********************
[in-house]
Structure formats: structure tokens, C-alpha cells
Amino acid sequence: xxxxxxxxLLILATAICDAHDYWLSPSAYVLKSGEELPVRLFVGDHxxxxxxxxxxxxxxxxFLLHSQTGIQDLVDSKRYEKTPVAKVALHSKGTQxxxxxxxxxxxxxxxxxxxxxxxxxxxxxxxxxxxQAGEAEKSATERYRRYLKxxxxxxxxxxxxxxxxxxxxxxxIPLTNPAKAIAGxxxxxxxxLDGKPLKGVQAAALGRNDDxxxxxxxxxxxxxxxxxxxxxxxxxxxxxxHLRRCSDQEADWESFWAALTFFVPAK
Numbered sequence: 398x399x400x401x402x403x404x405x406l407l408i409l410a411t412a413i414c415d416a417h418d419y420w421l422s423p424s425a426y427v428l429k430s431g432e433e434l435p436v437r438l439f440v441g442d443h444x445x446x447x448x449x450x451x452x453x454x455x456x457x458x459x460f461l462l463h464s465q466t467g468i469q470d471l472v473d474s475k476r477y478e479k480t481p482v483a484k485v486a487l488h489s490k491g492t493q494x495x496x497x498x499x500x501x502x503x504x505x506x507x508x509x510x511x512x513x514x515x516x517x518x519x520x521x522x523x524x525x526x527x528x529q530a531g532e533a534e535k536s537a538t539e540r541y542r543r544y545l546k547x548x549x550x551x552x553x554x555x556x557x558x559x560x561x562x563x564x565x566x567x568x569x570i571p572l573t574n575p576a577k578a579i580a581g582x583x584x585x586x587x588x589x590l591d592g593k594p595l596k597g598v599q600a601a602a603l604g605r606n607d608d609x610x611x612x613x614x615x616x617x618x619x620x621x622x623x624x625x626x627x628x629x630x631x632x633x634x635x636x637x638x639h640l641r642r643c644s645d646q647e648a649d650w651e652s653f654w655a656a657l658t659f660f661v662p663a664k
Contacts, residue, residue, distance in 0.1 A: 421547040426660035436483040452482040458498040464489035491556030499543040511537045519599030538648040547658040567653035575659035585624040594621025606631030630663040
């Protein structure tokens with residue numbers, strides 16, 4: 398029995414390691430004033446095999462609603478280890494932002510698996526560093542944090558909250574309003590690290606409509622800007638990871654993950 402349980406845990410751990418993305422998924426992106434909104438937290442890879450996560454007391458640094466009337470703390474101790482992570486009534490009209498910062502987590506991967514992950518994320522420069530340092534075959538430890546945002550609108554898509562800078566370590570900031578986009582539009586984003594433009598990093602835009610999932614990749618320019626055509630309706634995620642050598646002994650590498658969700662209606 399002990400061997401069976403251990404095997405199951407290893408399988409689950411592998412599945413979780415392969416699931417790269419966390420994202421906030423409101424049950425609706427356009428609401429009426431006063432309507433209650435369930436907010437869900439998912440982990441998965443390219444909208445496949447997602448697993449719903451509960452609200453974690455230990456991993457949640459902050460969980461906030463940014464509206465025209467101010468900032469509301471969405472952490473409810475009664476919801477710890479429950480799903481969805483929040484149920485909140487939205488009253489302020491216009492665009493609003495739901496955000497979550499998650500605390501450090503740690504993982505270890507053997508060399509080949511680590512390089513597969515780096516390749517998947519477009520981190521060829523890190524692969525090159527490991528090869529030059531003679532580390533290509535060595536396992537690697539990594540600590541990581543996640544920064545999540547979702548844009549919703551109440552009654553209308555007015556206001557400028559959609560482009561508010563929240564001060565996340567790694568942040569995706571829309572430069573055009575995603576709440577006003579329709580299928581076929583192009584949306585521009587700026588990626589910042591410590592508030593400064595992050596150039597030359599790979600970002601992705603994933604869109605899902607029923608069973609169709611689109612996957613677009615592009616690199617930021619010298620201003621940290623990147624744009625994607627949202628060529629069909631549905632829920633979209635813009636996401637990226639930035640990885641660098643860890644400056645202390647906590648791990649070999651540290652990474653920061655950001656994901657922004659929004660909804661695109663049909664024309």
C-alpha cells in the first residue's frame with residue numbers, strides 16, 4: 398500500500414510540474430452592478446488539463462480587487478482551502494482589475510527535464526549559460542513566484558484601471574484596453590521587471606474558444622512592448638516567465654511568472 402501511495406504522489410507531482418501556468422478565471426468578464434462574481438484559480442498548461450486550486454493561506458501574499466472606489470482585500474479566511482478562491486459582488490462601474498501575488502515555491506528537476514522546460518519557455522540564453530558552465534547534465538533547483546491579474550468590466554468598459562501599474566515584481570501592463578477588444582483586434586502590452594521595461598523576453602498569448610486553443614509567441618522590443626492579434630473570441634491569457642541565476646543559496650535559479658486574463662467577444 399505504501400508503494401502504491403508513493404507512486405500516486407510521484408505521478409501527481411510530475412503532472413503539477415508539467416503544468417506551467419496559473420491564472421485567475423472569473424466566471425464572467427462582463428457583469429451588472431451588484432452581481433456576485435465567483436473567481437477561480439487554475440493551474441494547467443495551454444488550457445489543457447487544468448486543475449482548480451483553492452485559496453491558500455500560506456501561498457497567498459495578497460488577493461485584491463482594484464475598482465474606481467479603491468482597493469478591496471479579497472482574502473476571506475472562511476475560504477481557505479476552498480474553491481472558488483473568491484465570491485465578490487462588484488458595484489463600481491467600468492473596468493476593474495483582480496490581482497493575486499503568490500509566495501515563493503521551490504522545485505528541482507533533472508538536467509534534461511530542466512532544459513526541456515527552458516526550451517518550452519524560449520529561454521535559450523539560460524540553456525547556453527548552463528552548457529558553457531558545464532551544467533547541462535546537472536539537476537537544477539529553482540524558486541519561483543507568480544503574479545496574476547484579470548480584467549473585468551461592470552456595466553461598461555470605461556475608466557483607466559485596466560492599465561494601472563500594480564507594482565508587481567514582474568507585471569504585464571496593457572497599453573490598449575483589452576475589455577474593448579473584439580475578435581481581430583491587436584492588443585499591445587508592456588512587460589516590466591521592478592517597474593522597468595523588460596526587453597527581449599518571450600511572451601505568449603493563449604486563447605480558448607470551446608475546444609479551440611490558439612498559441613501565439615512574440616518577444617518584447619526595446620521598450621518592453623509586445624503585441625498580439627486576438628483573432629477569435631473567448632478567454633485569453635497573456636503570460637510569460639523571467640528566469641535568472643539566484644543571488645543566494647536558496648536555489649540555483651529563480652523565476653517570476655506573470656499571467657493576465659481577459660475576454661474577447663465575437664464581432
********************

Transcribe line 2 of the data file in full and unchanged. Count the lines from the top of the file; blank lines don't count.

Structure formats: structure tokens, C-alpha cells